If protein shakes are just a part of your diet, maybe replacing a meal here and there or even a snack, they shouldn’t cause any digestive issues. Having protein shakes several times a day, though, could bind you up. Certain components in protein beverages, such as too much protein, lactose or even gluten, are just some of the things that can leave you constipated.
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Lack of Fiber
If you make a protein shake at home, you have the option of piling in lots of fresh produce to add some fiber. Many manufactured ready-to-drink protein shakes have very little fiber. When you don’t have much fiber in your diet, food tends to travel through your gut at a delayed pace. Your bowels wind up squeezing out too much moisture, making your stools dry, hard and difficult to pass. If protein shakes make up a big part of your diet, have some fresh fruit, a veggie-rich salad or nuts occasionally. The extra fiber should get things moving.
Excessive Protein Intake
It's possible to get too much protein in your diet if you drink a lot of protein shakes. When you consume excessive amounts of protein, your kidneys work hard to filter everything out, making you urinate more. You could become dehydrated as a result. The more dehydrated you become, the more water your body absorbs from your stools. This ultimately leaves you constipated. The Food and Nutrition Board of the Institute of Medicine recommends that men get 56 grams of protein daily and women consume 46 grams a day. While you can certainly safely consume more than this amount, you should increase your fluid intake. Drink plenty of water to help prevent constipation caused by the increase in protein.
Inability to Digest Lactose
One of the typical key ingredients in protein shakes is milk or milk solids, like whey. Most people should handle this just fine. But if your body doesn’t produce much lactase, the enzyme required to digest lactose, you may feel it in your gut. When the lactose reaches your bowels, your body doesn’t know what to do with it, causing it to slow things down in some cases. This condition, called lactose intolerance, is also often associated with nausea, vomiting or lightheadedness, shortly after consuming something with lactose. Opt for a protein shake that is dairy-free. Alternatively, make your own protein shakes at home, using soy or hemp protein, as well as coconut, rice, almond or soy milks, in place of dairy.
Poor Gluten Digestion
For some, the bowels just don’t tolerate gluten -- the protein found in several grains. Gluten can also send your immune system into attack mode, which is celiac disease, causing problems with digestion. Either way, if you know you’re sensitive to wheat, rye or barley grains, be wary of protein shakes. Otherwise, you could have constipation. Generally, the premade kinds, or any protein powder you use in shakes at home, don’t contain any of these grains. But the manufacturers don’t always guarantee that their products were made in a gluten-free facility, and thus your shake’s ingredients could be contaminated with gluten. If the final food is tested for gluten, it’ll say “gluten-free” on the label.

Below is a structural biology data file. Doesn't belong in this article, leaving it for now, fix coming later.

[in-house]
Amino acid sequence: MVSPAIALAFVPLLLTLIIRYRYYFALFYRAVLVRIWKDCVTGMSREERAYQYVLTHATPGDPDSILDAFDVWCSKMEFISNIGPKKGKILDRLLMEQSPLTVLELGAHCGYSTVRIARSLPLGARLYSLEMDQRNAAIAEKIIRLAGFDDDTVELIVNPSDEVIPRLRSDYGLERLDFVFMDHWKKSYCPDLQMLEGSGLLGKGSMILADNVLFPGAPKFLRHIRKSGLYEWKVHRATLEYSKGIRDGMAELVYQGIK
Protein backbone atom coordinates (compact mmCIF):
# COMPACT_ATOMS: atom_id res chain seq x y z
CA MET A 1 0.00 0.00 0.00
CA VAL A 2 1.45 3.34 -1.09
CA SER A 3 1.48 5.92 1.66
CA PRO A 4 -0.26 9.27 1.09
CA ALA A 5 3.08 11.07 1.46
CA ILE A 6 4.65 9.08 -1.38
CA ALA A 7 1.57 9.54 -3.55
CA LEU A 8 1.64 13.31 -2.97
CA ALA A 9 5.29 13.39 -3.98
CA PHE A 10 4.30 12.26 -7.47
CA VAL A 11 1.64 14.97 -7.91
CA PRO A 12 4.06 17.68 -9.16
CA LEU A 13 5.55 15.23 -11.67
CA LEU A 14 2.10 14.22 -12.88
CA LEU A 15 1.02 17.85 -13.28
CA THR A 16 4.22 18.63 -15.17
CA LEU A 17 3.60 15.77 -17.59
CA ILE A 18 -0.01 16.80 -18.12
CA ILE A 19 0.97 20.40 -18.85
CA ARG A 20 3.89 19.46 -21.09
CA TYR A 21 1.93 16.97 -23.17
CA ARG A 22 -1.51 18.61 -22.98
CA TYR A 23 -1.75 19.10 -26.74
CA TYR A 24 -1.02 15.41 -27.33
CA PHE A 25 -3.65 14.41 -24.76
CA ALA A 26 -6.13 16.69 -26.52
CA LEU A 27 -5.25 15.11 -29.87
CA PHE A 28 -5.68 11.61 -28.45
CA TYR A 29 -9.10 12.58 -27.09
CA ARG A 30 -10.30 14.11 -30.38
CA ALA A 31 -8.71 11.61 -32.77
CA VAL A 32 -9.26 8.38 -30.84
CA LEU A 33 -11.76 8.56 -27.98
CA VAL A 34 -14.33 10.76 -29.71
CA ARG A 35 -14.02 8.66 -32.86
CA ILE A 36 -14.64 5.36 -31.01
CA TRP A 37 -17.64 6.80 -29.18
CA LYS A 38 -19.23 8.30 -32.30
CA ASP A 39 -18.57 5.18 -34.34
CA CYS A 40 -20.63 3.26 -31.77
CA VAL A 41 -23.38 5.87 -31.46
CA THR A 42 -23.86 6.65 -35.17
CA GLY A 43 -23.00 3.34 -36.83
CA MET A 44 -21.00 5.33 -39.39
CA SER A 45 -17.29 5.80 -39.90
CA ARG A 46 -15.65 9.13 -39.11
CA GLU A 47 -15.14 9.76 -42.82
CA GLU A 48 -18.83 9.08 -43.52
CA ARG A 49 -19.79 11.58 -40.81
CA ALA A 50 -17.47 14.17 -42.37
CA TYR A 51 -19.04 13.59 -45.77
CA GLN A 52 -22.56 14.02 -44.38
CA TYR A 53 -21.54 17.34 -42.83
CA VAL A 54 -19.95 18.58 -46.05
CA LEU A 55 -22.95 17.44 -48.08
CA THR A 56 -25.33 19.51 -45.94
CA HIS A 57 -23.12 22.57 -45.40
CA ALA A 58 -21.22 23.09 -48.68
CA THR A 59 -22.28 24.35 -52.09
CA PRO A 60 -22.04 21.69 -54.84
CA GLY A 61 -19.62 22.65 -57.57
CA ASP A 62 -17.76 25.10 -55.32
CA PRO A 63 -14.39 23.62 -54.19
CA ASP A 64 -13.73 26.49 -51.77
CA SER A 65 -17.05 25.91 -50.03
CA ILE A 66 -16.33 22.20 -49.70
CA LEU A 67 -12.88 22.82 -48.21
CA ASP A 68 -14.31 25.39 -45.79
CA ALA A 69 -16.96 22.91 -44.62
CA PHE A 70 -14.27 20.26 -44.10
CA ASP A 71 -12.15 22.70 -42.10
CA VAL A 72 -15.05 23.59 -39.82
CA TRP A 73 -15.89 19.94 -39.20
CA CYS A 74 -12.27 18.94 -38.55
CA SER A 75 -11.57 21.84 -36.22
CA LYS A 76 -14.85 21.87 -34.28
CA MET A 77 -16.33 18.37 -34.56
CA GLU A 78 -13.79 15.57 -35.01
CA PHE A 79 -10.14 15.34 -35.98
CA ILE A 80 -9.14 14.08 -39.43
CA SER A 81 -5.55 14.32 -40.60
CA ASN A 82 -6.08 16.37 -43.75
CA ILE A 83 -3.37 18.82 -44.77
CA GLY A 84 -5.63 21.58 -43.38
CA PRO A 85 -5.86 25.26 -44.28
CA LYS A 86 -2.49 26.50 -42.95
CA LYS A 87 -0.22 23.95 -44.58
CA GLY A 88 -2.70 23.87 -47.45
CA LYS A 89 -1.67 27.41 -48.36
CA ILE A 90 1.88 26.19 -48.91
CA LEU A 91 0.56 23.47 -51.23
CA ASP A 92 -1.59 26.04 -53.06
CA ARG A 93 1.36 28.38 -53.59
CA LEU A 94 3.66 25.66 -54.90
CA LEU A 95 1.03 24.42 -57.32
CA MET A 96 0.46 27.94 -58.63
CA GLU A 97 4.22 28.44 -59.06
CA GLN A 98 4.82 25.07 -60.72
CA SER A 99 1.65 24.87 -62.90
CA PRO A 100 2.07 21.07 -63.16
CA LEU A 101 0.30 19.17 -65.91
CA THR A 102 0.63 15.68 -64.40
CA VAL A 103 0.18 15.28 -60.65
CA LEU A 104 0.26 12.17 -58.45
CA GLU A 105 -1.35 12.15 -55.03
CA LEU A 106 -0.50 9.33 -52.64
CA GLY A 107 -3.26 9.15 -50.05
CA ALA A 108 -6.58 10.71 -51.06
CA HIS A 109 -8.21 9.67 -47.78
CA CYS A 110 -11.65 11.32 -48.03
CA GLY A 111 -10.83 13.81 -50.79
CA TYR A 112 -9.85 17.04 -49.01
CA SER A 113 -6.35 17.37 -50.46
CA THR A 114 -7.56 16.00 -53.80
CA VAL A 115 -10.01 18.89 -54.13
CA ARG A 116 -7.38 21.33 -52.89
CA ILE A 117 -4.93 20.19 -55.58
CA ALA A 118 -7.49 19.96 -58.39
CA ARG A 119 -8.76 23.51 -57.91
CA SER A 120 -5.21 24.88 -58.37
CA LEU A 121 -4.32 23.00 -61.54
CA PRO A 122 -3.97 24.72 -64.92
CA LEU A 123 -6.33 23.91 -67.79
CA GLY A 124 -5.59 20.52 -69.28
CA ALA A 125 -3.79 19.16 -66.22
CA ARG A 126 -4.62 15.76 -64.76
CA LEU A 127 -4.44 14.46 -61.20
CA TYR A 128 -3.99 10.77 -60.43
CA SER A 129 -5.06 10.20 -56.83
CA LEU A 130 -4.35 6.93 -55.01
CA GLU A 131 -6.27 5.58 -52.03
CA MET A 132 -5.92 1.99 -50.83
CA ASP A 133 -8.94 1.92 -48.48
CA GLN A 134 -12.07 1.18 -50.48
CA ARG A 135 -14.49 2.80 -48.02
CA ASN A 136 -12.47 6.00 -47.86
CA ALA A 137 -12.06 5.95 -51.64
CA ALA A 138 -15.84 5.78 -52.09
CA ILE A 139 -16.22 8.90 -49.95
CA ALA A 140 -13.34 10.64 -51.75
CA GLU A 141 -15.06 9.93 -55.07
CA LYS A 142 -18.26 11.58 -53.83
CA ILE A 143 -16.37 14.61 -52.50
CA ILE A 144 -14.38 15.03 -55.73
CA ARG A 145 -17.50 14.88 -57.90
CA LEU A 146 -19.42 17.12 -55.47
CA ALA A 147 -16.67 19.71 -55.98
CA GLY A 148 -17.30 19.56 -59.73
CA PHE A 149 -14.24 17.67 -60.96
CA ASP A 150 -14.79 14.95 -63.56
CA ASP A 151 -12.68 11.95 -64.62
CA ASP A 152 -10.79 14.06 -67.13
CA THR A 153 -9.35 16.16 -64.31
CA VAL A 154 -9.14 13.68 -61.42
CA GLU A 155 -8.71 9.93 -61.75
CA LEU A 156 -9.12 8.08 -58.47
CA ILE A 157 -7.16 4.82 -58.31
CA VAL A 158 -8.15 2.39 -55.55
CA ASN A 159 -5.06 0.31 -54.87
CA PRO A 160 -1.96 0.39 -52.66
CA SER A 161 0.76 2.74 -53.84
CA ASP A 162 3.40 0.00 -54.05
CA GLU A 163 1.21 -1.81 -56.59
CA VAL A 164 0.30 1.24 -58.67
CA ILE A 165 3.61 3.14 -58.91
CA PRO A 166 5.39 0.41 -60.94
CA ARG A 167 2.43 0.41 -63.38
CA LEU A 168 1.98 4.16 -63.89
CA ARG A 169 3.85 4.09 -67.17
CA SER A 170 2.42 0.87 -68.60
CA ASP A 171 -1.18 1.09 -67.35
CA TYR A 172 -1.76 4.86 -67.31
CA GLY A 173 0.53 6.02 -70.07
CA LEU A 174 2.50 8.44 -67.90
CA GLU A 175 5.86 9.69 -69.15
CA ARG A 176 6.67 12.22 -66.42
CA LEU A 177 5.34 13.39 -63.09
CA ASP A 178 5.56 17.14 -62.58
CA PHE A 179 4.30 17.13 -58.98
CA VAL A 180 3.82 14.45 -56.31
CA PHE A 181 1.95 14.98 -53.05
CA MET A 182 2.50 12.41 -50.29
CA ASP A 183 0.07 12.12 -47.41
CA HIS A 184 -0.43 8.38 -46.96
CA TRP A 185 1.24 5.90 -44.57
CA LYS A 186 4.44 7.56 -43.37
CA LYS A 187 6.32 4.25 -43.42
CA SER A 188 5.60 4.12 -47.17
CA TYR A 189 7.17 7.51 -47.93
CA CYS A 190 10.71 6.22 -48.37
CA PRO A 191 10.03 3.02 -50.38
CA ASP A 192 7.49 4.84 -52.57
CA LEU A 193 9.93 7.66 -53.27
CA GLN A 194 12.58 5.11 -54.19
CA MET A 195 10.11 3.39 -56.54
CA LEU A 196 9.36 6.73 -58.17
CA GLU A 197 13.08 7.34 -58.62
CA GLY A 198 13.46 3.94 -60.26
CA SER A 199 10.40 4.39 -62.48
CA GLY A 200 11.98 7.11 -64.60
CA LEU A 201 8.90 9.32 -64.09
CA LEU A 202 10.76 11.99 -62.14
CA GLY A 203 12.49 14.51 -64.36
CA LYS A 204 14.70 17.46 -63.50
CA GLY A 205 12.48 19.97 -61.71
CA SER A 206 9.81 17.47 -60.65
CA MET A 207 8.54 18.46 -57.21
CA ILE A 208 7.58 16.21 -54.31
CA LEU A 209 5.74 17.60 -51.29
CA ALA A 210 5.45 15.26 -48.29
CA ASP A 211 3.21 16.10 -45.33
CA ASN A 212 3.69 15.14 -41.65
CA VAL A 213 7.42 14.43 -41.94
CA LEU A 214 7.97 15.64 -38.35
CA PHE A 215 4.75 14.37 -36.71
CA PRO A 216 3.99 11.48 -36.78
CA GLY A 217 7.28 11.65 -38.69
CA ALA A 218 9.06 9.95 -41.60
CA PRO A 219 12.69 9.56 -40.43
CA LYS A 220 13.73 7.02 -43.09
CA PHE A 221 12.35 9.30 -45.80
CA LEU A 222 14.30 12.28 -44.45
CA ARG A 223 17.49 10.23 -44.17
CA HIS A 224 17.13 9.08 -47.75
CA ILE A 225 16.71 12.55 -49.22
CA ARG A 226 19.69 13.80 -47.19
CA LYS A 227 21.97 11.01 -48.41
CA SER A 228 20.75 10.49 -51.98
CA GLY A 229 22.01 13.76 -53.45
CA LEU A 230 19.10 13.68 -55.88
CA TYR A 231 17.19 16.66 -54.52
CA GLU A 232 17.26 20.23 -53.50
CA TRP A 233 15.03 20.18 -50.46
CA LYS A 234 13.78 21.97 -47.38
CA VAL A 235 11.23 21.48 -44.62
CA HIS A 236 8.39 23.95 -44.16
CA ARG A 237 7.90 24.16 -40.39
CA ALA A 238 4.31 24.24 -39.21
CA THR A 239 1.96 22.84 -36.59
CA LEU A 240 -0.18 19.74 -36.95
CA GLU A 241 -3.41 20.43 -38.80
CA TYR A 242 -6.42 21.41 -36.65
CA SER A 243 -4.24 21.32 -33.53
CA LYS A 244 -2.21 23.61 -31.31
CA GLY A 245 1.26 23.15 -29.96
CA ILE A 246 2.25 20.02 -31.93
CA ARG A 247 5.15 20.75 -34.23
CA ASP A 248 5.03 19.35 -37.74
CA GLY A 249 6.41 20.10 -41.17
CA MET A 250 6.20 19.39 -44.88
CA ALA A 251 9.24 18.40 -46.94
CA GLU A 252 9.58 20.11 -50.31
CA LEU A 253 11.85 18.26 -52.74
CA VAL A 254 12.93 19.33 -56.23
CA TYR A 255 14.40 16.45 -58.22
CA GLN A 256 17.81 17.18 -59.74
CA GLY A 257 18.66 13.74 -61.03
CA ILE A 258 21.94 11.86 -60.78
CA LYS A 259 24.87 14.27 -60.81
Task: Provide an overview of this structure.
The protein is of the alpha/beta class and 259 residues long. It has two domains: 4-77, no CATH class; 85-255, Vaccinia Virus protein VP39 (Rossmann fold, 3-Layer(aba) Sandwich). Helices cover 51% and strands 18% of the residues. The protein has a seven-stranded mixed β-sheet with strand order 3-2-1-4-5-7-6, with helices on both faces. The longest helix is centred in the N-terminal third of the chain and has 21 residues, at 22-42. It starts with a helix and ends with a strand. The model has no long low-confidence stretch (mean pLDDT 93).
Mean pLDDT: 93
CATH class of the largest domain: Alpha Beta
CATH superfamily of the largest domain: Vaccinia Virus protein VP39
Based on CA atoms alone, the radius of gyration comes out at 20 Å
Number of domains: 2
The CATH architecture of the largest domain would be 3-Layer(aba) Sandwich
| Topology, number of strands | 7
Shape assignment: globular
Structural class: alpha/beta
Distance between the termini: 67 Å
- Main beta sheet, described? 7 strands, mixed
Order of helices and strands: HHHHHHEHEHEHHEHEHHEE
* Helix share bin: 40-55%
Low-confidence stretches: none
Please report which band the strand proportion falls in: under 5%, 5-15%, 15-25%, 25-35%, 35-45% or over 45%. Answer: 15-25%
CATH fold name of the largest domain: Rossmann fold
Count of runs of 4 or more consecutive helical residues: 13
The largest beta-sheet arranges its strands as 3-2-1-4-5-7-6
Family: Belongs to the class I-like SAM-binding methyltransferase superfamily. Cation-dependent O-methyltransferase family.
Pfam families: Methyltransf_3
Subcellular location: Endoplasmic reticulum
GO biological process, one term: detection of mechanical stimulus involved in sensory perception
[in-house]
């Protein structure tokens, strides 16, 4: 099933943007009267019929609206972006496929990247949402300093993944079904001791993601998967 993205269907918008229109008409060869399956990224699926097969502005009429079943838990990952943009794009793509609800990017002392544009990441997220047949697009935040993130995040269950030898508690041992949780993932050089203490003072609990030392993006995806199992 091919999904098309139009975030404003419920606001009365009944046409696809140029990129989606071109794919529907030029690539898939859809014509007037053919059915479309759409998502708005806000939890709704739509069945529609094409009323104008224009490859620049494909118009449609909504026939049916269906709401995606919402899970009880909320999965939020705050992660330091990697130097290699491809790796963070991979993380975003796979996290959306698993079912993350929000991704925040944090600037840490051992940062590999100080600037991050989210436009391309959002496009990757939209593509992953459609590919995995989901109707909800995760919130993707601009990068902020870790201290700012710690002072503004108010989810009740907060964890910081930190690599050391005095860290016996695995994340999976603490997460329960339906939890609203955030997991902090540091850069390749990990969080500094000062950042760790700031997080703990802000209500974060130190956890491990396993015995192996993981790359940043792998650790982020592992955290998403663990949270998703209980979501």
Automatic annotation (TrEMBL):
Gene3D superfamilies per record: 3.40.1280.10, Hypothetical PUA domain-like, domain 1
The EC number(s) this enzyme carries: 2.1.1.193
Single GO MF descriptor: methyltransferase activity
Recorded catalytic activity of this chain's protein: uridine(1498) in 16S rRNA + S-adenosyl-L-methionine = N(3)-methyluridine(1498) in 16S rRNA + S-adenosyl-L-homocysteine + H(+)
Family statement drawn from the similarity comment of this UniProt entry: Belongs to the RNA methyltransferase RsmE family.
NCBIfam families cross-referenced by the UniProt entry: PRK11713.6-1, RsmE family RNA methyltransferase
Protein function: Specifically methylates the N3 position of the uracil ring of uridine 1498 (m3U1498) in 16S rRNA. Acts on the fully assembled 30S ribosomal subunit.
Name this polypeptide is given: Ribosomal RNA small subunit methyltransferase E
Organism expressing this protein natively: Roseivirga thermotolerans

Too Much Calcium
Calcium is highly beneficial for keeping your bones strong, but too much slows down your bowels. High calcium levels, called hypercalcemia, decrease muscle contraction rates in your intestinal tract. This could be the cause of your constipation. You should never have more than 2,500 milligrams of calcium in any given day, the Food and Nutrition Board of the Institute of Medicine says. One 10-ounce premade or cow's-milk-based protein shake can provide as much as 385 milligrams of calcium. Having six or seven of them in a day quickly causes you to reach that maximum safe intake level.
REFERENCES & RESOURCES
- USDA National Nutrient Database for Standard Reference: Beverages, Slimfast, Meal Replacement, High Protein Shake, Ready-To-Drink, 3-2-1 Plan
- Special K: Chocolate Malt Protein Shake
- National Digestive Diseases Information Clearinghouse: Constipation
- Office of Dietary Supplements: Calcium
- Postgraduate Medical Journal: Systemic Lactose Intolerance: A New Perspective on an Old Problem
- Concepts in Medical Physiology; Julian Seifter
- MedlinePlus: Celiac Disease -- Sprue
- Kellogg's: Community
- University of Connecticut: Too Much Protein Can Lead to Dehydration, Researchers Find
- The Merck Manual: Constipation
- University of Michigan Health System: Hypercalcemia (Increased Calcium in the Blood)
- National Digestive Diseases Information Clearinghouse: Lactose Intolerance
- MedlinePlus: Constipation -- Self-Care
- Food and Nutrition Board of the Institute of Medicine: Dietary Reference Intakes (DRIs): Estimated Average Requirements